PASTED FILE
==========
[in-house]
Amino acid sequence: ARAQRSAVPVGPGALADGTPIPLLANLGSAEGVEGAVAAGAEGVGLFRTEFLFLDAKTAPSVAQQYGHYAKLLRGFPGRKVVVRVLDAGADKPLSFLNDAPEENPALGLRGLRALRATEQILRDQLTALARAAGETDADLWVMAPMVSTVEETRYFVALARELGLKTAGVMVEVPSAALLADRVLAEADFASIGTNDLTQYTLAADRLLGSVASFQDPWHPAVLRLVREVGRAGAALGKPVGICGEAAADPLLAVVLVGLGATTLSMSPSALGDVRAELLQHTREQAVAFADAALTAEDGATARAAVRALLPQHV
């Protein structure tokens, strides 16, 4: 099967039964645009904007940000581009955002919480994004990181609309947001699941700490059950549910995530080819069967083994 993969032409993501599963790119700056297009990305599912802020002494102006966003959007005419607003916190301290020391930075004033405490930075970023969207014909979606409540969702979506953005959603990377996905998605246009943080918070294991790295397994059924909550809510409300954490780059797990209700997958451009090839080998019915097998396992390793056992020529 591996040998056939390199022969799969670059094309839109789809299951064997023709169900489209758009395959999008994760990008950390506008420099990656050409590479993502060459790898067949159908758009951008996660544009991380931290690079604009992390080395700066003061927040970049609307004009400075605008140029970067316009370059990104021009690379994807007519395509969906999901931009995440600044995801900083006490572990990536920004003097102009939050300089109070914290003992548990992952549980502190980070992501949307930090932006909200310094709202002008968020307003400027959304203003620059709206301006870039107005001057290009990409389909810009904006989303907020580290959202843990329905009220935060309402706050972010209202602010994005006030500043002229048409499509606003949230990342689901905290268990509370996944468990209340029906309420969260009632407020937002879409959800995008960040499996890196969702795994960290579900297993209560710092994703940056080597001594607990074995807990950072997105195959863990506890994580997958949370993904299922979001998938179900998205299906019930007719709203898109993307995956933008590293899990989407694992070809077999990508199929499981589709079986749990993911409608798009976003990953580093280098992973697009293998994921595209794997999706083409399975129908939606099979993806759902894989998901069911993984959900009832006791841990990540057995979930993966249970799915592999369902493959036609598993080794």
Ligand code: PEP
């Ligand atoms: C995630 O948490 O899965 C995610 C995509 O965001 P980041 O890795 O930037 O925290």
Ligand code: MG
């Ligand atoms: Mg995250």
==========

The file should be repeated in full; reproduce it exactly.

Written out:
[in-house]
Amino acid sequence: ARAQRSAVPVGPGALADGTPIPLLANLGSAEGVEGAVAAGAEGVGLFRTEFLFLDAKTAPSVAQQYGHYAKLLRGFPGRKVVVRVLDAGADKPLSFLNDAPEENPALGLRGLRALRATEQILRDQLTALARAAGETDADLWVMAPMVSTVEETRYFVALARELGLKTAGVMVEVPSAALLADRVLAEADFASIGTNDLTQYTLAADRLLGSVASFQDPWHPAVLRLVREVGRAGAALGKPVGICGEAAADPLLAVVLVGLGATTLSMSPSALGDVRAELLQHTREQAVAFADAALTAEDGATARAAVRALLPQHV
């Protein structure tokens, strides 16, 4: 099967039964645009904007940000581009955002919480994004990181609309947001699941700490059950549910995530080819069967083994 993969032409993501599963790119700056297009990305599912802020002494102006966003959007005419607003916190301290020391930075004033405490930075970023969207014909979606409540969702979506953005959603990377996905998605246009943080918070294991790295397994059924909550809510409300954490780059797990209700997958451009090839080998019915097998396992390793056992020529 591996040998056939390199022969799969670059094309839109789809299951064997023709169900489209758009395959999008994760990008950390506008420099990656050409590479993502060459790898067949159908758009951008996660544009991380931290690079604009992390080395700066003061927040970049609307004009400075605008140029970067316009370059990104021009690379994807007519395509969906999901931009995440600044995801900083006490572990990536920004003097102009939050300089109070914290003992548990992952549980502190980070992501949307930090932006909200310094709202002008968020307003400027959304203003620059709206301006870039107005001057290009990409389909810009904006989303907020580290959202843990329905009220935060309402706050972010209202602010994005006030500043002229048409499509606003949230990342689901905290268990509370996944468990209340029906309420969260009632407020937002879409959800995008960040499996890196969702795994960290579900297993209560710092994703940056080597001594607990074995807990950072997105195959863990506890994580997958949370993904299922979001998938179900998205299906019930007719709203898109993307995956933008590293899990989407694992070809077999990508199929499981589709079986749990993911409608798009976003990953580093280098992973697009293998994921595209794997999706083409399975129908939606099979993806759902894989998901069911993984959900009832006791841990990540057995979930993966249970799915592999369902493959036609598993080794």
Ligand code: PEP
């Ligand atoms: C995630 O948490 O899965 C995610 C995509 O965001 P980041 O890795 O930037 O925290």
Ligand code: MG
């Ligand atoms: Mg995250």